From Maroun Bagdadi to Nadine Labaki: Netflix releases curated Lebanon film collection

The Made in Lebanon catalogue aims to highlight the work of Lebanese filmmakers and other works

'Very Big Shot', 'West Beirut', and 'Caramel' are among the films included in a new collection by Netflix titled Made in Lebanon. Kabreet Productions, 3B-productions, Les Films des Tournelles
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Netflix is releasing a catalogue of 34 Lebanese films of different genres under a dedicated collection titled Made in Lebanon.

The collection includes the works of critically acclaimed directors such as Maroun Bagdadi, Philippe Aractingi, Randa Chahal Sabbag, Ziad Doueiri, and Nadine Labaki, among others.

The curated collection is meant to pay tribute to the Lebanese creative community, which has made an impressive contribution to the region’s entertainment and cultural milieu.

For instance, the collection brings for the first time restored films by Bagdadi, regarded as one of the best Lebanese filmmakers of his time that were last available more than 30 years ago on VHS. It also includes award-winning films such as Out of Life, West Beirut, Capernaum and many others. Among the collection is also Denis Villeneuve's Oscar-nominated film Incendies, based on the story by Wajdi Mouawad.

Although some of the titles are already available on the platform, starting Monday, October 19, they will be part of one collection of films by Lebanese directors.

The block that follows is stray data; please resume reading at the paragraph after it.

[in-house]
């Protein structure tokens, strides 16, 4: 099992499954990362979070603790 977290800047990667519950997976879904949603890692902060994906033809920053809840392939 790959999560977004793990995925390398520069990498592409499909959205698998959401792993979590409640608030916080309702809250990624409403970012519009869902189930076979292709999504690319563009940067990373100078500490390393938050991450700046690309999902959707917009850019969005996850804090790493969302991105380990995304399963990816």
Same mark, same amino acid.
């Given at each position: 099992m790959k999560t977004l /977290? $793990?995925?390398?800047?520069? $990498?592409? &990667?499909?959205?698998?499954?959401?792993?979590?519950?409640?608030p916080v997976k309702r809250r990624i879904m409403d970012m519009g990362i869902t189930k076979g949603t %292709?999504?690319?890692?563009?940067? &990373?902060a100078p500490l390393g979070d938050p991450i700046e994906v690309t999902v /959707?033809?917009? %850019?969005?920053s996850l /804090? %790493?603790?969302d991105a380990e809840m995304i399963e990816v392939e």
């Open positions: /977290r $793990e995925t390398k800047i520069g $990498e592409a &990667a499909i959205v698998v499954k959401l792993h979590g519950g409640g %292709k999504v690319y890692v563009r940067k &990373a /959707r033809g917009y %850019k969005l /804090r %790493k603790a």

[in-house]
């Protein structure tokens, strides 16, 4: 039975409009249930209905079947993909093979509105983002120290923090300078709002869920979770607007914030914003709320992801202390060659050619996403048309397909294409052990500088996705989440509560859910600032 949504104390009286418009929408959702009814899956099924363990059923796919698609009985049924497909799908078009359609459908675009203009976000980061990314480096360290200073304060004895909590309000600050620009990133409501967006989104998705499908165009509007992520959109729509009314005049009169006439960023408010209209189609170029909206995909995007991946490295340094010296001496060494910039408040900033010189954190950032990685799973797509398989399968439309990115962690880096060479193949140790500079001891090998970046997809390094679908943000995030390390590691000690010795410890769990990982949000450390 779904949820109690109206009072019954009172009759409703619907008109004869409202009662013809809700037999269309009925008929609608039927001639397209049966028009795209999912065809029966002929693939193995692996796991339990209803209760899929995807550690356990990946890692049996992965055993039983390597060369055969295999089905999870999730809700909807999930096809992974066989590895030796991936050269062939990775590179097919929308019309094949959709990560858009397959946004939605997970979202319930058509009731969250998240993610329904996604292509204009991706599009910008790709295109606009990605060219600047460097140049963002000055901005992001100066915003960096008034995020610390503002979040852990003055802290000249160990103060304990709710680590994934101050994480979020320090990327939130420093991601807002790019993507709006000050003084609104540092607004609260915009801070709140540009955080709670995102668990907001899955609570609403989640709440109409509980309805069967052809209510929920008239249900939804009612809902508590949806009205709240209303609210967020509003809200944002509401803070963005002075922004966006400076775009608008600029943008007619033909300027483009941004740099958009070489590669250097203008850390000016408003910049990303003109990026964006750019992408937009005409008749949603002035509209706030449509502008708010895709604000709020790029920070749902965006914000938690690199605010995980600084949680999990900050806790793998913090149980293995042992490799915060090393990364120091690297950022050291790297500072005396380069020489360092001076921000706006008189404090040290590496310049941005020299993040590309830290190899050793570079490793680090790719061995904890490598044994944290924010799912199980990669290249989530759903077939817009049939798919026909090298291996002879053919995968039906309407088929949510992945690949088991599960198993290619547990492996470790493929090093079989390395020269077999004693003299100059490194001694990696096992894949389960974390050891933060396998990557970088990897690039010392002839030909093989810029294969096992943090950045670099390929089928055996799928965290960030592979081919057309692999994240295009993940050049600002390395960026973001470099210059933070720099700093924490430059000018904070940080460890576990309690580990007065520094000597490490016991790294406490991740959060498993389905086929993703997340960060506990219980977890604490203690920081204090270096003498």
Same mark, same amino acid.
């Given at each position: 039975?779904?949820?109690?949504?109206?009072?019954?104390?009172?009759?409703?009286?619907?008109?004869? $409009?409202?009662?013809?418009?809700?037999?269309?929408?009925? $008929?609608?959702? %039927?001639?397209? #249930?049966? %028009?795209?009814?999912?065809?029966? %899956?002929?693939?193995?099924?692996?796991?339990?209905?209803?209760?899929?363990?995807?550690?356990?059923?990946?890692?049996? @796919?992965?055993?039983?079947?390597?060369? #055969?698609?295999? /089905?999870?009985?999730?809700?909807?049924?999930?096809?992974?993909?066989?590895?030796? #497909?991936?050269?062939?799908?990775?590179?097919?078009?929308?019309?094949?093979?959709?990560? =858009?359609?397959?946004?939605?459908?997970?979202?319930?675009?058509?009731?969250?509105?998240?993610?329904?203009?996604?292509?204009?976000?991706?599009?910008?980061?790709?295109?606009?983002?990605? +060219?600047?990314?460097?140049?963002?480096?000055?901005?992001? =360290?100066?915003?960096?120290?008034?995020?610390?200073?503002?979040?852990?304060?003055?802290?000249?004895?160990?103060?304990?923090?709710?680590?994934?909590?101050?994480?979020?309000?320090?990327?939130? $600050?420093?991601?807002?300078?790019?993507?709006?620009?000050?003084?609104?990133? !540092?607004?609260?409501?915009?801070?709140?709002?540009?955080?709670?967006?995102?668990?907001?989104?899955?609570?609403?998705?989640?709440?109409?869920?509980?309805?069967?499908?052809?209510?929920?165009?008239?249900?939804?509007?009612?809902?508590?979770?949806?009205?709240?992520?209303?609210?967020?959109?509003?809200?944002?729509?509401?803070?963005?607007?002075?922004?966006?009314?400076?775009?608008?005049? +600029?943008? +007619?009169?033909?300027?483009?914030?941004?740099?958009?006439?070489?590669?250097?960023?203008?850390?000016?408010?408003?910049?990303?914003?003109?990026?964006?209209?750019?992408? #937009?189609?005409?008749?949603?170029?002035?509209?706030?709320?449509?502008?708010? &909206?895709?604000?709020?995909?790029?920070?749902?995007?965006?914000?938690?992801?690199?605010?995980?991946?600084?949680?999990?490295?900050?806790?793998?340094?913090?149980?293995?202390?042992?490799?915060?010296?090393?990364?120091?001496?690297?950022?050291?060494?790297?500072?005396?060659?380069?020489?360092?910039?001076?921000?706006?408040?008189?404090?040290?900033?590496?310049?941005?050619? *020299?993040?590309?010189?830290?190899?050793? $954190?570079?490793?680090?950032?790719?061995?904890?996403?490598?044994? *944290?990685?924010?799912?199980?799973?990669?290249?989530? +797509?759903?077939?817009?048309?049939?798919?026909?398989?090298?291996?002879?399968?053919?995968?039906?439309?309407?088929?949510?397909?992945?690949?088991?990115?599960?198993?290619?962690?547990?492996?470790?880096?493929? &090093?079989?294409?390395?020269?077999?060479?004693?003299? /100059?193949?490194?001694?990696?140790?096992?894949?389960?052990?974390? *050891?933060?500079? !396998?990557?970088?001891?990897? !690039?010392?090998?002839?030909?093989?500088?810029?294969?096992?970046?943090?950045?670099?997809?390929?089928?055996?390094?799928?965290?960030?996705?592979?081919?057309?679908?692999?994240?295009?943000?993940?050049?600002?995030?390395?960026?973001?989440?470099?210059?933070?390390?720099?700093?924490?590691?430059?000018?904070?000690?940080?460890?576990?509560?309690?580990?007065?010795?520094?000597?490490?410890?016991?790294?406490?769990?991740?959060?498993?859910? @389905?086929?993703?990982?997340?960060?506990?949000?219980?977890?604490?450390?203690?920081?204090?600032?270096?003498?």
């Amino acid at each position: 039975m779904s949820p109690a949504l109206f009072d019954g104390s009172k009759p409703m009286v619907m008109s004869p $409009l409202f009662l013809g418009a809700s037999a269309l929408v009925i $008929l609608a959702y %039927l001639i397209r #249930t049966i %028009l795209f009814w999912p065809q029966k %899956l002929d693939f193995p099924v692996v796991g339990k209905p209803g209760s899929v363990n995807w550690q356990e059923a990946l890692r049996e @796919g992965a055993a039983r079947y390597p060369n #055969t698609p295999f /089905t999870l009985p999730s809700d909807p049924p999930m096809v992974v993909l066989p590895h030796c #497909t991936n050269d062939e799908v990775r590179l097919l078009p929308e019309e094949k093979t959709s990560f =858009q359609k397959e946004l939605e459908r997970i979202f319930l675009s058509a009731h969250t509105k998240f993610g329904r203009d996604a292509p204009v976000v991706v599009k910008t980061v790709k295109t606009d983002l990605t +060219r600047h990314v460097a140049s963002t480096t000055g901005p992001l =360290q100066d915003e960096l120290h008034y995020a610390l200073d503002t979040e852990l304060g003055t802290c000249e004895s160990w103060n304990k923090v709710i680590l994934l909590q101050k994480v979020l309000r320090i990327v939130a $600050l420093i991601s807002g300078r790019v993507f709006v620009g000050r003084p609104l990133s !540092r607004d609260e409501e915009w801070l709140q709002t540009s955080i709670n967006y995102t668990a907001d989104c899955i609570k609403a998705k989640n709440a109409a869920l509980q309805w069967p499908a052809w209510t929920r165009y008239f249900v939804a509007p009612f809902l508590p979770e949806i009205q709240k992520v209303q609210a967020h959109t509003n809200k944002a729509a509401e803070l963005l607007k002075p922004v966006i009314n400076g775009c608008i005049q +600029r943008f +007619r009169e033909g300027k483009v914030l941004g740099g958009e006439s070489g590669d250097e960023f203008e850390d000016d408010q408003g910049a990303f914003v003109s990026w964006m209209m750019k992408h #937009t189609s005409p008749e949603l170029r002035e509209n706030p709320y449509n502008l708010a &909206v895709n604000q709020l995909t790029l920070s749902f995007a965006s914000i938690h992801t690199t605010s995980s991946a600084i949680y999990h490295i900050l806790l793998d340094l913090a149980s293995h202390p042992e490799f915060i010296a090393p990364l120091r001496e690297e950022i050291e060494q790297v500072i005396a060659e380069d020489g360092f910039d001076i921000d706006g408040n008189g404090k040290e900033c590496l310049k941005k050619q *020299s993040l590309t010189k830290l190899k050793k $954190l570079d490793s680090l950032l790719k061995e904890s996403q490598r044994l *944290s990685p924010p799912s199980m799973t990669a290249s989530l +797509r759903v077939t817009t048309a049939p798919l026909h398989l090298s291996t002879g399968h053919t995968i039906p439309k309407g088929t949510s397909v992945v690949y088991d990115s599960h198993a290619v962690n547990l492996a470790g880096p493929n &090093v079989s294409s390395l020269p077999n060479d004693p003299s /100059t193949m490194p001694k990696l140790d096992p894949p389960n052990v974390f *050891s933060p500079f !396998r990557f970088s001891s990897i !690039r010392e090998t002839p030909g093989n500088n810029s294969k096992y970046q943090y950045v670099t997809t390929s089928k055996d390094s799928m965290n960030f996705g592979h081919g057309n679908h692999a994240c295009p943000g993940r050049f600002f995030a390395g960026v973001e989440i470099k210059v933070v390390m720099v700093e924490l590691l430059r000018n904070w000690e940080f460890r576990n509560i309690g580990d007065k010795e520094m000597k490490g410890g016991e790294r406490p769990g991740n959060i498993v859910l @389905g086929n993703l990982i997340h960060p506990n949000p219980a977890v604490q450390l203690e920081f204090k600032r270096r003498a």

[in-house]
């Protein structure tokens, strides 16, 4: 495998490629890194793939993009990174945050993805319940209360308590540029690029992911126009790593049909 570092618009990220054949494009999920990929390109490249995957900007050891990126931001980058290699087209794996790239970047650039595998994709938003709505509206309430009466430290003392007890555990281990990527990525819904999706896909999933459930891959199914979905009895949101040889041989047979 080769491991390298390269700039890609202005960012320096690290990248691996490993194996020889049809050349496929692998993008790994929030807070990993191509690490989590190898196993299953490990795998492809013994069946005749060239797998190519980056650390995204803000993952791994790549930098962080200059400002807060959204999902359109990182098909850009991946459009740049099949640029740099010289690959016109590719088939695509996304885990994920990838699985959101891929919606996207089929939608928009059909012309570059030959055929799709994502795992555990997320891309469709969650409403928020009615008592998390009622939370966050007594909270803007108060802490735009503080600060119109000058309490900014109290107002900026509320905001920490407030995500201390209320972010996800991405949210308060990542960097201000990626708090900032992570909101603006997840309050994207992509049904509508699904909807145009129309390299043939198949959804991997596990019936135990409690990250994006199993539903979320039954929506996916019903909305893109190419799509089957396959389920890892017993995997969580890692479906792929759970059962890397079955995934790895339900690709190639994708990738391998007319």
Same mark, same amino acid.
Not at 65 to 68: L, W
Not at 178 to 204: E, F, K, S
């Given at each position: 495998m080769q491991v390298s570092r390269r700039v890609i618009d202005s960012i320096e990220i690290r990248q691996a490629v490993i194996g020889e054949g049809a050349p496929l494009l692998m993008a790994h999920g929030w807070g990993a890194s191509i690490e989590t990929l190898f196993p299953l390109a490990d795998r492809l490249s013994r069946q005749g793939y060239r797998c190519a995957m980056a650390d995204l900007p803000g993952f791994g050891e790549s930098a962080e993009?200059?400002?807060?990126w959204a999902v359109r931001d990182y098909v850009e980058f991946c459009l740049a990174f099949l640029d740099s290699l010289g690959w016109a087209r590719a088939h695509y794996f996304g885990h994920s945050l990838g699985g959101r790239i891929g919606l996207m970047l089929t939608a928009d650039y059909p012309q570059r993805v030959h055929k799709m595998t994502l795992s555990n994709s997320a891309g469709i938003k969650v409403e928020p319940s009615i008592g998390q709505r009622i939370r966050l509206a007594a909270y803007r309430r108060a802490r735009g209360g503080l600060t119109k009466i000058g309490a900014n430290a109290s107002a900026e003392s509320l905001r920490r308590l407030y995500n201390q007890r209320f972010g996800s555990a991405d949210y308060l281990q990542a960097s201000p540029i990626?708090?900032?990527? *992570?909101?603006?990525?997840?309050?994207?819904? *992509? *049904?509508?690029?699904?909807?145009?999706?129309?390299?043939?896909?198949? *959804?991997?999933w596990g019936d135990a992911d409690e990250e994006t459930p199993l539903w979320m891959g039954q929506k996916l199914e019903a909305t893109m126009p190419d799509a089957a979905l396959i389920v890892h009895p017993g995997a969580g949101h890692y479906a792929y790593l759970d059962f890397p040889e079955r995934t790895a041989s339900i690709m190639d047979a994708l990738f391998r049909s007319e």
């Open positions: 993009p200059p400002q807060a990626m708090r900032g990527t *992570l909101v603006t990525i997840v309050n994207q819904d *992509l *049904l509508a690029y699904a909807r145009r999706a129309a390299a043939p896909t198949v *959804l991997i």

"I am especially happy to see Caramel on Netflix, particularly because it was shot on the streets of Beirut and the Gemmayzeh neighbourhood, the heart of the city that was unfortunately decimated. In a sense this is my personal memory of the beautiful streets, the old homes and shops and buildings, of all these places that may never be the same again," said Labaki in a statement.

Bagdadi's wife Souraya also said that when the director depicted the social and political fractures of Lebanese society in his first feature film Bayrouth ya Bayrouth (Beirut oh Beirut) in 1974, he didn't expect how closely it would represent the conflicts leading up to the civil war. Three decades later, his legacy is more relevant than ever, she says.

“Creating this collection allows us to share more stories from the world, with the world, and expose people to content they may not otherwise have a chance to see. The catalogue represents stories from filmmakers from different walks of life, covering a slice of everything that Lebanon represents – love, humour, and beauty," says Nuha El Tayeb, Netflix's director of content acquisitions for Mena and Turkey.

Earlier this month, Netflix announced a $500,000 emergency relief fund in partnership with the Arab Fund for Arts and Culture to support the film and TV industry, in light of the pandemic and following the Beirut port explosion.

The Made in Lebanon film list

Out of Life by Maroun Bagdadi

The Little Wars by Maroun Bagdadi

Whispers by Maroun Bagdadi

We are all for the Fatherland by Maroun Bagdadi

Beyrouth ya Beyrouth by Maroun Bagdadi

Heritages by Philippe Aractingi

Listen by Philippe Aractingi

Bosta by Philippe Aractingi

Under the Bombs by Philippe Aractingi

Khabsa by Shady Hanna

Ghadi by Amin Dora

Zozo by Josef Fares (excluding Scandinavia)

Panoptic by Rana Eid

The Kite by Randa Chahal Sabbag (excluding Italy, Monaco, Switzerland)

Taxi Ballad by Daniel Joseph

West Beirut by Ziad Doueiri (excluding France)

Very Big Shot by Mir-Jean Bou Chaaya

Heaven without People by Lucien Bourjeily

Stray Bullet by Georges Hachem

Solitaire by Sophie Boutros

Incendies by Denis Villeneuve

Titles only available in the Mena region:

Bel Ghalat by Seif Al Sheikh Najib

Bighamdet Ein by Seif Al Sheikh Najib

Habbet Caramel by Elie F Habib

Max W Antar by Imad Jandali Al Rifa'i

Nut$ by Henri Barges

Tallatit by Kristian Abouanni

Welcome to Lebanon by Saif Al Sheikh Najib

I Want to See by Joana Hadjithomas and Khalil Joreige

A Perfect Day by Joana Hadjithomas and Khalil Joreige

Caramel by Nadine Labaki

Capernaum by Nadine Labaki

Single, Married, Divorced by Elie Khalife

Where Do We Go Now? by Nadine Labaki